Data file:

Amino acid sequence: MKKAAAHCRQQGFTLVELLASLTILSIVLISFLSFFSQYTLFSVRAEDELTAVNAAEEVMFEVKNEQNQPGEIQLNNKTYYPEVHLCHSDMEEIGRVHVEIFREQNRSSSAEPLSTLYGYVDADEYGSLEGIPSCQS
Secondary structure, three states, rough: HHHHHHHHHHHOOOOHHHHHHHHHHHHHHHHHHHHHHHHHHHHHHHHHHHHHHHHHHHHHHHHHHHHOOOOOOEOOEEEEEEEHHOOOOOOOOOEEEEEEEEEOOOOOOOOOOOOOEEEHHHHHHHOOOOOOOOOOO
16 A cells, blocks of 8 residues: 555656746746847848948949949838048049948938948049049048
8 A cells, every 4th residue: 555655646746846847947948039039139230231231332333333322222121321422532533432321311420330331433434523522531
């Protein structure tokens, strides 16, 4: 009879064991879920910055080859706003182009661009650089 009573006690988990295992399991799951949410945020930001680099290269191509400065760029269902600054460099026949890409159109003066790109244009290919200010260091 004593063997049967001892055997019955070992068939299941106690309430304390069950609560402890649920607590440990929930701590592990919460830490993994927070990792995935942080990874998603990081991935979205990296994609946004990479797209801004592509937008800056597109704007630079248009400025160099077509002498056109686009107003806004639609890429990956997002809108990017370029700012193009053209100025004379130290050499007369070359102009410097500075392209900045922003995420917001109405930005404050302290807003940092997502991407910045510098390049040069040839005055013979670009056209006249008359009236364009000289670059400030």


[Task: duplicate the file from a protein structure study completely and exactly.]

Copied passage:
Amino acid sequence: MKKAAAHCRQQGFTLVELLASLTILSIVLISFLSFFSQYTLFSVRAEDELTAVNAAEEVMFEVKNEQNQPGEIQLNNKTYYPEVHLCHSDMEEIGRVHVEIFREQNRSSSAEPLSTLYGYVDADEYGSLEGIPSCQS
Secondary structure, three states, rough: HHHHHHHHHHHOOOOHHHHHHHHHHHHHHHHHHHHHHHHHHHHHHHHHHHHHHHHHHHHHHHHHHHHOOOOOOEOOEEEEEEEHHOOOOOOOOOEEEEEEEEEOOOOOOOOOOOOOEEEHHHHHHHOOOOOOOOOOO
16 A cells, blocks of 8 residues: 555656746746847848948949949838048049948938948049049048
8 A cells, every 4th residue: 555655646746846847947948039039139230231231332333333322222121321422532533432321311420330331433434523522531
């Protein structure tokens, strides 16, 4: 009879064991879920910055080859706003182009661009650089 009573006690988990295992399991799951949410945020930001680099290269191509400065760029269902600054460099026949890409159109003066790109244009290919200010260091 004593063997049967001892055997019955070992068939299941106690309430304390069950609560402890649920607590440990929930701590592990919460830490993994927070990792995935942080990874998603990081991935979205990296994609946004990479797209801004592509937008800056597109704007630079248009400025160099077509002498056109686009107003806004639609890429990956997002809108990017370029700012193009053209100025004379130290050499007369070359102009410097500075392209900045922003995420917001109405930005404050302290807003940092997502991407910045510098390049040069040839005055013979670009056209006249008359009236364009000289670059400030």